Now for the finishing touches, cut and compress your cork bark for the background. You can purchase a pre-cut square-shaped cork-bark alternative; it also comes compressed.
However, they do not look as flattering as cork flats, yet they are time effective, unlike you processing it from scratch.
Apply silicone seals behind the cork bark panels and attach them to the aquarium glass walls.
Finally, add your waterfall and any personalized touch you want.
2. The Bioactive Vivarium
The bioactive vivarium is a self-serving biodegradable habitat. As interest in vivariums has become popular, the need to simulate all true habitat features has become more pressing.
Keepers have developed strategies to make design, building and maintenance effortless.
They have considered factors like:
- Keeping different species together in one vivarium. You can try such a set up in the
paludarium and other vivarium types.
- They have also come up with ways to mimic rain and humid weather. You can use a
heater, a powerhead, glass hood and screen.
- Then the bioactive vivarium is the next innovative idea from a hobbyist. It would mean
the vivarium substrate has to be alive and actively part of the ecosystem.
There is no clean-up crew in natural habitat or wild forests or jungles, even when animals
excrete randomly or die and leave rotting carcasses. But in most vivarium setups, the keeper has to maintain the environment and even take out shed skins if there's a snake or crab in their tank. However, in the wild, biological matter from the animals would eventually decay after a while.
In some cases, the remaining living animals use it as food or release nutrients to the soil. These take place in biodegradable items as they either reconnect like a cycle or an active ecosystem.
Recreating the cycle is useful but not so easy as you need to think about every tiny detail. In some cases, some species of animals and biodegradable strategies can not co-exist. You may need to perform a series of tests to achieve the best bioactive vivarium.
Description of a Bioactive Vivarium
They look like nature, with lots of plants, animals and adequate substrate. However, it has an active substrate that contains fungi, small animals, soil minerals and essential bacteria.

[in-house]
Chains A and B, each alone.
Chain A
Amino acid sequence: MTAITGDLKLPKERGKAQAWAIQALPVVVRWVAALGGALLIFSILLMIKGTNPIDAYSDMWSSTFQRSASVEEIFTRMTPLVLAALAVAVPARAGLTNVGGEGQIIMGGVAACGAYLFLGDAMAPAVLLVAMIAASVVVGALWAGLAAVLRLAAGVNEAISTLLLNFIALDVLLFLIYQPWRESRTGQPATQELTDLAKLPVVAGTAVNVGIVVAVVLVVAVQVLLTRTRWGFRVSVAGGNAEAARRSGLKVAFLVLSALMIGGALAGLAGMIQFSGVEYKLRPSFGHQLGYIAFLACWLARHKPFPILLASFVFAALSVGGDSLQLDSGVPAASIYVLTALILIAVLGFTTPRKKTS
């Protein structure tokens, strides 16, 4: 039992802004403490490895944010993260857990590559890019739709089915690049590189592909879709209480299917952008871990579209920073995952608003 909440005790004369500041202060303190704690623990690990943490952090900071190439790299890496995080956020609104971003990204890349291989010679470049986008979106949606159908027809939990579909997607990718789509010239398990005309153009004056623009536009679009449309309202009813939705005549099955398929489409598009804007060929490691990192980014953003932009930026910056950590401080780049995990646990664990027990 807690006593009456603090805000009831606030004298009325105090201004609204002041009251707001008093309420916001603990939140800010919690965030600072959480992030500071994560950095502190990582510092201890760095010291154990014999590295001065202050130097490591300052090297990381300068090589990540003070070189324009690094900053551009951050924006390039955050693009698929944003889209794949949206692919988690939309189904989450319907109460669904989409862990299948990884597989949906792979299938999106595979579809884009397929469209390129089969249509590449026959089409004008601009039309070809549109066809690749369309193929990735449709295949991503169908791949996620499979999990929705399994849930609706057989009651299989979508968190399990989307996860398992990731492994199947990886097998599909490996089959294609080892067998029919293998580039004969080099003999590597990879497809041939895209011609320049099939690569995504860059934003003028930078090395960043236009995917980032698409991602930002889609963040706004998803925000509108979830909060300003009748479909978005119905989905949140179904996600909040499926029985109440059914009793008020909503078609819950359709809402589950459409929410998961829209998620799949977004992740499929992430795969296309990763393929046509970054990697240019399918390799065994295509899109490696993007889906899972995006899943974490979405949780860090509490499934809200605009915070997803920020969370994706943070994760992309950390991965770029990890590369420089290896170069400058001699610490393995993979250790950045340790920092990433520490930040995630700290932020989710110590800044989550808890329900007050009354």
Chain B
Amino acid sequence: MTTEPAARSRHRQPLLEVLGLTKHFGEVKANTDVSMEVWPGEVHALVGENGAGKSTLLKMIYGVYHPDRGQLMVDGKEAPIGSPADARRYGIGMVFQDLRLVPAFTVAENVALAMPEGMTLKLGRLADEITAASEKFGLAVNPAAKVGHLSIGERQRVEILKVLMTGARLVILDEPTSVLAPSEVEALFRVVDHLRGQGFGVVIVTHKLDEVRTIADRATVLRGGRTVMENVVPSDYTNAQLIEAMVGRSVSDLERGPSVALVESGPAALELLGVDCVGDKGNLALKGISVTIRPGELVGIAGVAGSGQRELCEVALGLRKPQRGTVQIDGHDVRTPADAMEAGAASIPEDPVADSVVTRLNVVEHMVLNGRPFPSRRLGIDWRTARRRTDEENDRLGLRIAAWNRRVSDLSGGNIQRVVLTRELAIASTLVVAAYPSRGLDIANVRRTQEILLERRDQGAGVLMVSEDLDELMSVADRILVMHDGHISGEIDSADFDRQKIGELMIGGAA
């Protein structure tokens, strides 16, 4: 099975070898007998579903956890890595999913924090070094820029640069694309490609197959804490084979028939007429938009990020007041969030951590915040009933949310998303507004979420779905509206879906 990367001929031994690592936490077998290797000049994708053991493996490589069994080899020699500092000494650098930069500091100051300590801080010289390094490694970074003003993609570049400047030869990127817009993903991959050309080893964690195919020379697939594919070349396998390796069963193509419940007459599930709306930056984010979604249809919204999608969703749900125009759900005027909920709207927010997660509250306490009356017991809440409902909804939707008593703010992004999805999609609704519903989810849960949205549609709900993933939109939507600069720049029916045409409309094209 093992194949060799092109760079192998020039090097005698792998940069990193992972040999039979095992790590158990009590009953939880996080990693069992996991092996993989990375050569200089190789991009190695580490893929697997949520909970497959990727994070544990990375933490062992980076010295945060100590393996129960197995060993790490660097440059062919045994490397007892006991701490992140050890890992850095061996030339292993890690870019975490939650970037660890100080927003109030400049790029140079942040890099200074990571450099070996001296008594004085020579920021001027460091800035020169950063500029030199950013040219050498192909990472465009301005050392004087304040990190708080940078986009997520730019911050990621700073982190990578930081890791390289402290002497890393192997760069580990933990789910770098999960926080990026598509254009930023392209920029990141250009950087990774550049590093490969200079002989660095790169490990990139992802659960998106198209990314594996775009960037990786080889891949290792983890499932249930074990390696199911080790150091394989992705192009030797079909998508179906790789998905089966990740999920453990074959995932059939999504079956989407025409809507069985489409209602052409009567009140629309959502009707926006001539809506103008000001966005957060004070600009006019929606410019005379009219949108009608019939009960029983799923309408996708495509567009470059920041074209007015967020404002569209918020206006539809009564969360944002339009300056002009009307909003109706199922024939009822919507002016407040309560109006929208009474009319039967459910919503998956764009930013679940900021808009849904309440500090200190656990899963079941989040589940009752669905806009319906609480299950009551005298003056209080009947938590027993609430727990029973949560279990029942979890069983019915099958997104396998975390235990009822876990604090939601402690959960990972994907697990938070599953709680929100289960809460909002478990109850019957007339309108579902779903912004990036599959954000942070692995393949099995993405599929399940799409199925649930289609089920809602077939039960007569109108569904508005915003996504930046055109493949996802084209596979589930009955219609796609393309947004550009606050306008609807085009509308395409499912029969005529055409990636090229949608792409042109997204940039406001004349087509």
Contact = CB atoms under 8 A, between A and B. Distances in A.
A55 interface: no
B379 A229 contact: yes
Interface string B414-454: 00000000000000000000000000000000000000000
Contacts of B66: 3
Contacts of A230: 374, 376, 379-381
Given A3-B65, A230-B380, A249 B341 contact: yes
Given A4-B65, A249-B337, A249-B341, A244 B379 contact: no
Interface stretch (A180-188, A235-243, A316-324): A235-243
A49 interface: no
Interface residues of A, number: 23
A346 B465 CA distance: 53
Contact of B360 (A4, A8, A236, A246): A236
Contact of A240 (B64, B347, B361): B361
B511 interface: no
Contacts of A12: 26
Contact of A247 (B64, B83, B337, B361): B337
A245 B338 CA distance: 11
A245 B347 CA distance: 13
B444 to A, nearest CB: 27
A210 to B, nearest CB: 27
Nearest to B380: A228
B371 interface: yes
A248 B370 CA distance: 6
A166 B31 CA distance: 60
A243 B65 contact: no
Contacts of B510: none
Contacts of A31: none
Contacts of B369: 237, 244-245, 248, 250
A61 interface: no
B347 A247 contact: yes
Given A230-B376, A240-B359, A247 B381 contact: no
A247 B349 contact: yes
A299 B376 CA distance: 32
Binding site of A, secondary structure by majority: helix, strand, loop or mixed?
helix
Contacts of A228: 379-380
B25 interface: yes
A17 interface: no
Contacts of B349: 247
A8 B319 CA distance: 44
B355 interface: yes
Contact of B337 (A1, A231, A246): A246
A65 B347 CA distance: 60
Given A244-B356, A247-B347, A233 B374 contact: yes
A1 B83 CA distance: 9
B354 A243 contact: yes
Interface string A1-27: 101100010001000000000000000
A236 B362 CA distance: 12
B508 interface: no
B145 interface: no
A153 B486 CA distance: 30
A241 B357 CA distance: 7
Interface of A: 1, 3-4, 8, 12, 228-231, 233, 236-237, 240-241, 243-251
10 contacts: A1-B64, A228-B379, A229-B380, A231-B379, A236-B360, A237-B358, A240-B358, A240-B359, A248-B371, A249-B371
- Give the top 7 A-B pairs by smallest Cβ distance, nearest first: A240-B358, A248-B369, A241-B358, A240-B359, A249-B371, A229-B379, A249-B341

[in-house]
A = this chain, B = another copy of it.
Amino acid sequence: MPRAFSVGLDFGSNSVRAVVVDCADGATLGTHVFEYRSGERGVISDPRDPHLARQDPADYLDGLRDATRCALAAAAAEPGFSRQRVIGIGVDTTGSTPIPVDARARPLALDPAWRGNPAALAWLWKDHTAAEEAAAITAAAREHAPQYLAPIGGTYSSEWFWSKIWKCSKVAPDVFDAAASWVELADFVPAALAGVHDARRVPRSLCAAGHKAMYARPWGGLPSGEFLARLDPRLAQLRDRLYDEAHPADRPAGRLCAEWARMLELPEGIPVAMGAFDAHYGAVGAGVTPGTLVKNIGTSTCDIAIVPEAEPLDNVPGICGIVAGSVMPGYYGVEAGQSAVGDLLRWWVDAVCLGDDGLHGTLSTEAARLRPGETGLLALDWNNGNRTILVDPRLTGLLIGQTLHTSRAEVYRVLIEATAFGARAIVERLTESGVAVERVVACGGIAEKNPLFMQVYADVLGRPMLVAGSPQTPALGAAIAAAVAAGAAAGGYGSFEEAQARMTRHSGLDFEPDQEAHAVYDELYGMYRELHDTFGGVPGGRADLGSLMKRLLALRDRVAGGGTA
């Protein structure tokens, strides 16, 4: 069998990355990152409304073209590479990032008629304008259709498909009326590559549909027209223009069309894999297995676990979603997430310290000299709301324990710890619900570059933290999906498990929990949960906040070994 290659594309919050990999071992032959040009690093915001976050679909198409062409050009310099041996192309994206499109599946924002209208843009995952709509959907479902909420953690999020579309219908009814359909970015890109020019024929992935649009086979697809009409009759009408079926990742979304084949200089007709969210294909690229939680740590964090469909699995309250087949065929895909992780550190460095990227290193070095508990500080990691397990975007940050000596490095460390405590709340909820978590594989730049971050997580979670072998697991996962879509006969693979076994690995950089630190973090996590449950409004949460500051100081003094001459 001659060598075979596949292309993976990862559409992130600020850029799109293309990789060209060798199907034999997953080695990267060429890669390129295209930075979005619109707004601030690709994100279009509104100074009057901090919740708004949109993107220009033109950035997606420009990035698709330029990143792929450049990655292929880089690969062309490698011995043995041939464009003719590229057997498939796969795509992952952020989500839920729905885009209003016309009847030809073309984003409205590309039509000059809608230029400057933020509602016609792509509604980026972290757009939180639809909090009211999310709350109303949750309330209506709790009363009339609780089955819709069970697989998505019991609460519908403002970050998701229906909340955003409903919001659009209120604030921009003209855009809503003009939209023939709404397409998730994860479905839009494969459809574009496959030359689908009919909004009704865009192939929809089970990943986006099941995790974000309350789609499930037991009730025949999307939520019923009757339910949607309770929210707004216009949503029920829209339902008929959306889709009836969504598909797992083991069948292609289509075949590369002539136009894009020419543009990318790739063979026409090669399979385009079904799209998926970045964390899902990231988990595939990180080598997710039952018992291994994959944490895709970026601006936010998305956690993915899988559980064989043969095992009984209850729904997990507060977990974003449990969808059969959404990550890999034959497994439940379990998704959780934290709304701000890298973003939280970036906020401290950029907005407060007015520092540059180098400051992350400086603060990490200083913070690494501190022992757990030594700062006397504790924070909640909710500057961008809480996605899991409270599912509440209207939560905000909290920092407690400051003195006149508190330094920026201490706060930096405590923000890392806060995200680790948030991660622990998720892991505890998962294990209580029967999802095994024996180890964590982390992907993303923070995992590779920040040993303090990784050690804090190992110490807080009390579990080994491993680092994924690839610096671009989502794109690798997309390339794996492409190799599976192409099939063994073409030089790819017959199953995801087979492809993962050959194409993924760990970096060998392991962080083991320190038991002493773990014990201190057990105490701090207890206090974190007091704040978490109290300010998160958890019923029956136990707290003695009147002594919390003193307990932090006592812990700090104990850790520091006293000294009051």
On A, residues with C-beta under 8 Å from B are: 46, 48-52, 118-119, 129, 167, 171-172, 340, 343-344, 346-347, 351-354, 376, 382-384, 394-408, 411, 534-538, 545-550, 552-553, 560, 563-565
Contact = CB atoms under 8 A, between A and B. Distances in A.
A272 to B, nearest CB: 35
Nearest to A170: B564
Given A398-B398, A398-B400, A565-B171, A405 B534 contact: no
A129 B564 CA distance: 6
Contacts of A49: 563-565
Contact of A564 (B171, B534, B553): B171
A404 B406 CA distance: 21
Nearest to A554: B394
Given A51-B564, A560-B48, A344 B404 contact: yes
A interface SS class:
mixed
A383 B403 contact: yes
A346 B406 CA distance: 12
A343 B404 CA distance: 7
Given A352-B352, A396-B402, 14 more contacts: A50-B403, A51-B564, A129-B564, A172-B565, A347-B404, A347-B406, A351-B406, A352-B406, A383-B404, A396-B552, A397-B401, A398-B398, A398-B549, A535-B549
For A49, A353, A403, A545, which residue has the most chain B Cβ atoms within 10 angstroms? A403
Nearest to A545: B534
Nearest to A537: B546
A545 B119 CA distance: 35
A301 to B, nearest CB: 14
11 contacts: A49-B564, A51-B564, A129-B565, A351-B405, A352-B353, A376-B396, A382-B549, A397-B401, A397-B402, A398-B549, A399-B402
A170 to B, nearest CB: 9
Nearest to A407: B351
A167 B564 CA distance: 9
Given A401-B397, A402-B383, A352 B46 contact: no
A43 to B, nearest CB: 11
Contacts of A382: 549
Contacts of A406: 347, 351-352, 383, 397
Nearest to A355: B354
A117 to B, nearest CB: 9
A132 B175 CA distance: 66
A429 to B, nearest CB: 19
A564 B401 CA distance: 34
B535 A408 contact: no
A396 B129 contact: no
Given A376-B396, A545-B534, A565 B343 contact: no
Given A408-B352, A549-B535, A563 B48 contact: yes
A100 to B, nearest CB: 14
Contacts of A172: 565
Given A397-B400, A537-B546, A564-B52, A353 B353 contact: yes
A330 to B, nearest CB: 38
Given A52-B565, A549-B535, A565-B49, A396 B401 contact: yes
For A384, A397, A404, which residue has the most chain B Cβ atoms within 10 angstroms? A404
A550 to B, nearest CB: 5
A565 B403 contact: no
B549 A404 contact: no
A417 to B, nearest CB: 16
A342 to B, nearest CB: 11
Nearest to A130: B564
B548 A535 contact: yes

The different parts of the vivarium ecosystem work together to decompose waste and dead matter.
It would impede any organic matter build-up and release important nutrients they have into the soil. Then the vivarium plant would tap all it needs through its root, which in turn creates a healthy cycle for all forms of life in the tank. Remember, the plants give off oxygen, and animals take them in.
With thoroughly designed vivarium plans, a hobbyist would allow all animal and plant waste to self-degrade. Whether it is a partial or complete bioactive vivarium, it is a safe and helpful way of doing things.
How to Build a Bioactive Vivarium Substrate?
Hobbyist creates a bioactive substrate by combining the right materials and maintaining favourable tank conditions to survive different organisms. However, conserving the substrate, so it is renewable and self-serving is key.
The bioactive substrate is adequate for different animals and species but works more efficiently for smaller forest breeds. It is because they create less waste and are happy in small spaces.
These traits are useful for the hobbyist to try to create the ideal bioactive substrate.
However, we discussed a few common vivarium pet options and the best strategy to attain a bioactive setup.
Below are a few steps to create your bioactive substrate. Be open to series of tests as experimentation is essential to attain the perfect substrate.
Step 1: Drainage
You should construct the substrate’s first layer with items like gravel, river rock or clay pellets.
Irrespective of the item you decide to use, they all serve the same purpose. They create a
space beneath the vivarium to all water drain. However, not every hobbyist includes drainage in their set up. They are necessary to prevent a soaked substrate over time.
Step2: Bulk Layer
The bulk layer of several bioactive substrates contains large and sturdy materials.
Hobbyists use different bulk layers because of the various needs of the animal species. The best bulk layer suggestions are orchid bark, coconut husk, soil and cypress mulch. You can formulate a custom blend of bark mixed with soil, granite and sand.
Step 3: Leaves
You should add a litter of leaves over the bulk layer because it helps tackle substrate issues.
The leaves serve as home to micro-organisms and animals that help decompose waste. Some animals can eat the leaves. Nonetheless, gather different types of leaves for the varied decomposition stages.